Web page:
08 July 2010

Biblical marxism

I’ve been studying the Marx Brothers. I was prompted to this study by the story of Balaam and his donkey followed by the story of Balaam and Balak. And the Scherzo movement in my symphony. There is something very marxist about this Biblical story, and something quite Biblical about the Marx Brothers, and for the full version of the tale you might read the tale itself (Numbers 22:2-24:25) and for the complete counterpoints you have to wait for the eagerly anticipated (at least by me) publication of the full symphony.

But of Groucho and his brothers . . . well, with them I am falling again in love.

Balaam finally arrives at Balak’s place of encampment, and has to explain his lateness. I don’t imagine he told Balak about the talking donkey to account for his tardiness; after all, Balaam has his reputation to protect. Groucho too sometimes arrives late, and he, too, does not speak very honestly. You recall, perhaps, in A Night at the Opera, that Driftwood is an hour late to his dinner appointment with Mrs. Claypool. She confronts him: “Mr. Driftwood, you invited me to dine with you at seven o’clock. It is now eight o’clock, and no dinner.” He looks at her without much surprise but some affront: “What do you mean, no dinner? I just had one of the biggest meals I ever ate in my life, and no thanks to you either.” Of course, Driftwood has been at the time dining at the next table with a beautiful blonde, to whom he immediately gives the check for payment, (Nine dollars forty cents! This is an outrage. If I were you, I wouldn’t pay it!) and immediately turns to sit down with Mrs. Claypool. But when Mrs. Claypool complains that she has been waiting an hour for him, Driftwood says, “Yes, with your back to me. When I invite a woman to dinner, I expect her to look at my face. That’s the price she has to pay.” Driftwood knows his place, but that does not deter him.

Balaam has no such modesty. Taken out to view the Israelite people whom he is to curse, he tells Balak to build him seven altars on which he will sacrifice seven bulls and seven rams. And then he goes off to await some manifestation from God that he intends to share with Balak. And God speaks to Balaam and informs him that he can say nothing but what God commands. And so with Balak and his officers standing behind him, Balaam starts to curse the Israelites and ends up blessing them. Balak is incensed. I imagine him smacking his forehead with the palm of his hand: “What have you done to me? Here I have brought you to damn my enemies, and instead you have blessed them!” Balak moves his entourage to a new location, and once again Balaam commands him to build seven altars on which he will sacrifice seven bulls and seven rams. Again, Balaam goes off to seek a manifestation from God, and again the curse becomes a blessing. Exasperated, Balak tells Balaam to say nothing: “Don’t curse them and don’t bless them.” But it is too late; events once set in motion must work themselves out. Balaam tells Balak, “But I told you: Whatever the Lord says, that I must do!” Finally, he moves him to a third location, builds the seven altars and sacrifices the seven bulls and seven rams, and once again Balaam again blesses the Israelites. Balak smacks his hands together—a Biblical version of slapping his forehead—fires Balaam and sends him packing. “Then Balaam set out on his journey back home; and Balak also went his way.”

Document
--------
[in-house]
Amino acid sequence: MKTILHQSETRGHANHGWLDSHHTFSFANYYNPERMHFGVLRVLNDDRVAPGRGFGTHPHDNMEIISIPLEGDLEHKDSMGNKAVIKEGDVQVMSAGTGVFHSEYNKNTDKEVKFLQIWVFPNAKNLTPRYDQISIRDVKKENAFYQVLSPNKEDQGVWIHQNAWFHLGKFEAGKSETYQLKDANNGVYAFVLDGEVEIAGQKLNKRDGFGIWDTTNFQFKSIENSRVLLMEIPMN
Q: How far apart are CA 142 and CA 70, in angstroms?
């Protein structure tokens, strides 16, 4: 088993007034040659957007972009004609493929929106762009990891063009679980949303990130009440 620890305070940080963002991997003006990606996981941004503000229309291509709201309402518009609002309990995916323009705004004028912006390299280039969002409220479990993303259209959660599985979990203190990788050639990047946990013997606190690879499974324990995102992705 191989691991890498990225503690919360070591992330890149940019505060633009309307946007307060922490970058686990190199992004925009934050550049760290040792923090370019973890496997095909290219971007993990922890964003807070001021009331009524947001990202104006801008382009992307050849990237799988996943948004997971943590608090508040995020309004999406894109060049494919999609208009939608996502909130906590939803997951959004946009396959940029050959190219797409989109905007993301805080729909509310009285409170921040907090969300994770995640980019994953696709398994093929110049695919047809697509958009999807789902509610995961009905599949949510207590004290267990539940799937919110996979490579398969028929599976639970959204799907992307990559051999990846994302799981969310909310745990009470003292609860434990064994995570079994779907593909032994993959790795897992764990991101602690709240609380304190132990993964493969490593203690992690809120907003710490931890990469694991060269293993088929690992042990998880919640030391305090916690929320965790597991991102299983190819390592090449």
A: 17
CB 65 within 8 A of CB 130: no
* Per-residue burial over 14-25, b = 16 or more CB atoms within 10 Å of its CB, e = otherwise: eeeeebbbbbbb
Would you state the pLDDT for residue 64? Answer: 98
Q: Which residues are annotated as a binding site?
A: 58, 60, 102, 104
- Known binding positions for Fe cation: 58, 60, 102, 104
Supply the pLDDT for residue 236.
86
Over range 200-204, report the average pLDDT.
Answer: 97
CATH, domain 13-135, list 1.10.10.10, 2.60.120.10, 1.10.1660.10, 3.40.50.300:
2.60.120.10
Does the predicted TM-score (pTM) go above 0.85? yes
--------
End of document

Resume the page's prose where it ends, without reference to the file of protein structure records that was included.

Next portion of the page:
As I read, all I could remember was the auction scene in Coconuts when Groucho hires Chico to up the bidding: “Now, remember, when the auction starts, if anybody says one hundred dollars—” “I-a say-a hundred dollars”—“That’s grand. Now, if somebody says two hundred . . .” “I-a say three hundred.” All seems in place. But as soon as the auction starts the scheme goes awry—Groucho asks for starting bid and Chico bids two hundred dollars, but when Groucho asks for three hundred dollars, Chico bids it, and before he knows what is happening, Chico, who really has no money bids the land up to six hundred dollars. “Wrap up that lot and put some poison ivy on it. . .,” Groucho orders. With his hand on his cheek he says resignedly, “Well, I came out even on that one. That was a great success. Yeah, one more success like that and I’ll sell my body to a medical institute.” Not much improves in the sale of the next lot. Bidding himself up a hundred dollars at a time, Chico foils all of Groucho’s plans: “Well, the auction is practically over. Yes, it’s all over but the shooting. I’ll attend to that later.”
Hey, wait—wait!. What does this say here? This thing here?
Oh, that? Oh, that’s just the usual clause. That’s in every contract. That just says-uh, it says-uh, if any of the parties participating in this contract is shown not to be in their right mind, the entire agreement is automatically nullified.”
“Well, I don’t know.”
“Its alright. That’s-that’s in every contract. That’s—that’s what they call a sanity clause.
“Oh, no. You can’t fool me. There ain’t no Sanity Clause.
The world is absurd. There ain’t no sanity clause. It’s in the Bible.


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